NATIONAL. Big cities need more epidemiologists, health officials say (Becker's Hospital Review)

Written by Mackenzie Bean

October 23, 2018 

Many major cities in the U.S. staff fewer epidemiologists than recommended by state staffing ratios, according to a survey from the Big Cities Health Coalition and the Council of State and Territorial Epidemiologists.

BCHC comprises leaders from the country's largest metropolitan health departments who share strategies to promote the health and safety of more than 55 million people, or 17 percent of the U.S. population.

The survey includes responses from 27 of the group's 30 participating health department leaders recorded from October to December 2017.

Here are four survey findings to know:

 1. About 18 percent of health departments do not have a dedicated leader to oversee epidemiology activities. A majority (78 percent) employ generalist epidemiologists who support a few or all public health program areas.

2. Every health department had an infectious disease and emergency preparedness program, but only 33 percent had a mental health program and 19 percent had an occupational health program. Lead epidemiologists were most likely to oversee infectious disease programs (85 percent), followed by maternal and child health programs (74 percent), and vital statistics programs (67 percent).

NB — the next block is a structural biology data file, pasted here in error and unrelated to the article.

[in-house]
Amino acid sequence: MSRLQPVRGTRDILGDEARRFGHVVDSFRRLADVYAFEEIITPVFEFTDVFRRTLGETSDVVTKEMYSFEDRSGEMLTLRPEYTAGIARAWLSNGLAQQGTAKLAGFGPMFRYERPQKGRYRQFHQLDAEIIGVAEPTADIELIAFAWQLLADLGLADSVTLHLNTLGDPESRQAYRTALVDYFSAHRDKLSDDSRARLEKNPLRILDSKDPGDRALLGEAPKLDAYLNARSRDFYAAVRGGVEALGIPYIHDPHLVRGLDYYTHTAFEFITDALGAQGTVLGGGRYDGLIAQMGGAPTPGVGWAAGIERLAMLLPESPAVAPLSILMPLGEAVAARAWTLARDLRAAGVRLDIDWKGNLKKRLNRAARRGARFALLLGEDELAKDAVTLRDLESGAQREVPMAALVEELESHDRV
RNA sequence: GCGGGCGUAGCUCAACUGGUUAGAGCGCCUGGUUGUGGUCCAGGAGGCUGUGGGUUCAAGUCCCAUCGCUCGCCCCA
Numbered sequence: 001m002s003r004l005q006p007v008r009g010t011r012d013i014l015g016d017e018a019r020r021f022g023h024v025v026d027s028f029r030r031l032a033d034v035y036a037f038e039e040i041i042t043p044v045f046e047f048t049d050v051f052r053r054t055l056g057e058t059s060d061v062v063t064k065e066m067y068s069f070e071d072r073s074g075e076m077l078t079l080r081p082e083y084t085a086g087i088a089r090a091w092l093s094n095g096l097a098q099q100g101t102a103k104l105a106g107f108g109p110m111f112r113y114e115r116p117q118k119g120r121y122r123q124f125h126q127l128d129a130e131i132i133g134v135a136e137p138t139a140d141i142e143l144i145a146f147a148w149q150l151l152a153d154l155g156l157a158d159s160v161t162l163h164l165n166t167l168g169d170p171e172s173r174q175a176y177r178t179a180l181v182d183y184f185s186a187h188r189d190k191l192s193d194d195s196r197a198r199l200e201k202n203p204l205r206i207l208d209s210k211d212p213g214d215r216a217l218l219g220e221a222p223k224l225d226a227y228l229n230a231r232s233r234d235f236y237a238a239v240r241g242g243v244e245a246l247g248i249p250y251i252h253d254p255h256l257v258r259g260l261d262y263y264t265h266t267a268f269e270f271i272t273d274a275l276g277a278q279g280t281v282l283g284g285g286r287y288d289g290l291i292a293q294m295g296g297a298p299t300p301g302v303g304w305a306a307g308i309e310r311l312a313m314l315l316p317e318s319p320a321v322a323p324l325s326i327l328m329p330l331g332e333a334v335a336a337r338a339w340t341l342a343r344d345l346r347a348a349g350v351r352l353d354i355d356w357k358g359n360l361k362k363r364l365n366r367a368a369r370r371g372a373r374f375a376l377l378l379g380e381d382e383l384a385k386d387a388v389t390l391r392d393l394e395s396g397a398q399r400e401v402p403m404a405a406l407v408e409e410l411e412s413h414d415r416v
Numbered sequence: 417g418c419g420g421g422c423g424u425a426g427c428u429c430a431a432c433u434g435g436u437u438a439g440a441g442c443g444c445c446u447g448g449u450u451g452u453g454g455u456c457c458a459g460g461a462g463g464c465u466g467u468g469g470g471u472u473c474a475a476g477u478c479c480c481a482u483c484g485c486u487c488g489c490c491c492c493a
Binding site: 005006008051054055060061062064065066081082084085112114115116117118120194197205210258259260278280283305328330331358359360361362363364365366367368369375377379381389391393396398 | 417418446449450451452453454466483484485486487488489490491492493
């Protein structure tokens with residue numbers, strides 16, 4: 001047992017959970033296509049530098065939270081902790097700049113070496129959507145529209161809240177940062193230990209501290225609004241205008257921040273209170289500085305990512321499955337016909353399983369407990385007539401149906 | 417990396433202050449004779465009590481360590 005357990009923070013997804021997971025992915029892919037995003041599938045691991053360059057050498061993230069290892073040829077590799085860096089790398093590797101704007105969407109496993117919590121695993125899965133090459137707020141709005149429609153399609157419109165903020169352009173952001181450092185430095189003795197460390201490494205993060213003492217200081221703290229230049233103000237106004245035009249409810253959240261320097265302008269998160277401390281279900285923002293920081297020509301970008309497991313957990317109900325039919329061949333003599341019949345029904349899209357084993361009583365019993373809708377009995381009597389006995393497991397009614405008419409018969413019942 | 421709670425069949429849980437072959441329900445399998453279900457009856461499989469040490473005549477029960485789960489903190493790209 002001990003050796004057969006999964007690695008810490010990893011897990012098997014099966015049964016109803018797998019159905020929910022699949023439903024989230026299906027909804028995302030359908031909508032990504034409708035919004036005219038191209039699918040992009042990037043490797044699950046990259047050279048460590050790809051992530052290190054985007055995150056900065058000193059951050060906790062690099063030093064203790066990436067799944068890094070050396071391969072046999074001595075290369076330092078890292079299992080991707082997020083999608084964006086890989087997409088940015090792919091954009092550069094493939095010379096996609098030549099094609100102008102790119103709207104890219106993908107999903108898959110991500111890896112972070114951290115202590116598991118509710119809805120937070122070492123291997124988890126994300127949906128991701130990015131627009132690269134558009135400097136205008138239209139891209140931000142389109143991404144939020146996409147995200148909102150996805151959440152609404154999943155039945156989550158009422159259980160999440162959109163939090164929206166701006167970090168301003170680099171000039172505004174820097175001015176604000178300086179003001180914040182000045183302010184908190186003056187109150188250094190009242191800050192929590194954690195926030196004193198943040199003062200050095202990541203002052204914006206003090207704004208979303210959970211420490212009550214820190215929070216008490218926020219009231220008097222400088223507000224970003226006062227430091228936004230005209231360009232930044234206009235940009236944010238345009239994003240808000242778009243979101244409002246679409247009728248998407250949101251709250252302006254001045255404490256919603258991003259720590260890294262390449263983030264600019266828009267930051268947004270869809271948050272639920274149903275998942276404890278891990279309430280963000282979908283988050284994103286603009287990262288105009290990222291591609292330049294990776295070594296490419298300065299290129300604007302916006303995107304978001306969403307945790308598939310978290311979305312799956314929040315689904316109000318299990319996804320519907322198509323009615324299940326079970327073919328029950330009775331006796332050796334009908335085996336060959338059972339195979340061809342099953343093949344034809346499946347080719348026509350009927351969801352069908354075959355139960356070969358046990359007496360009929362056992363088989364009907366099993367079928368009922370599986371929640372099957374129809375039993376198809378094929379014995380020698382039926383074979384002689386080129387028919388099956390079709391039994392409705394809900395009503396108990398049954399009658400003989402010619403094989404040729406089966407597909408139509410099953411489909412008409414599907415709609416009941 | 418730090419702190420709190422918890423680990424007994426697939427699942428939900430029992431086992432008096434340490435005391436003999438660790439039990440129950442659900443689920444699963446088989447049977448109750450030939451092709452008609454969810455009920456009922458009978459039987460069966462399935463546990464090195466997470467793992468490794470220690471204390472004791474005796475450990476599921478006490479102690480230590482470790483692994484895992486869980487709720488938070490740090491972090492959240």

3. The 27 participating health departments employ a total 1,091 full-time epidemiologists. Overall, the departments would need to increase epidemiology staff by 40 percent to reach full capacity.

4. When asked to rate their department's capacity to conduct essential public health services related to epidemiology, leaders said they were most capable of monitoring health status (93 percent) and identifying and investigating community health hazards (78 percent). However, only 33 percent of leaders said their departments were capable of researching innovative solutions to health problems, and 41 percent said their departments could thoroughly evaluate population-based health services.

"Some cities are woefully under-resourced," the authors wrote. "Even in well-staffed departments, there is a perceived need for a significant increase in capacity."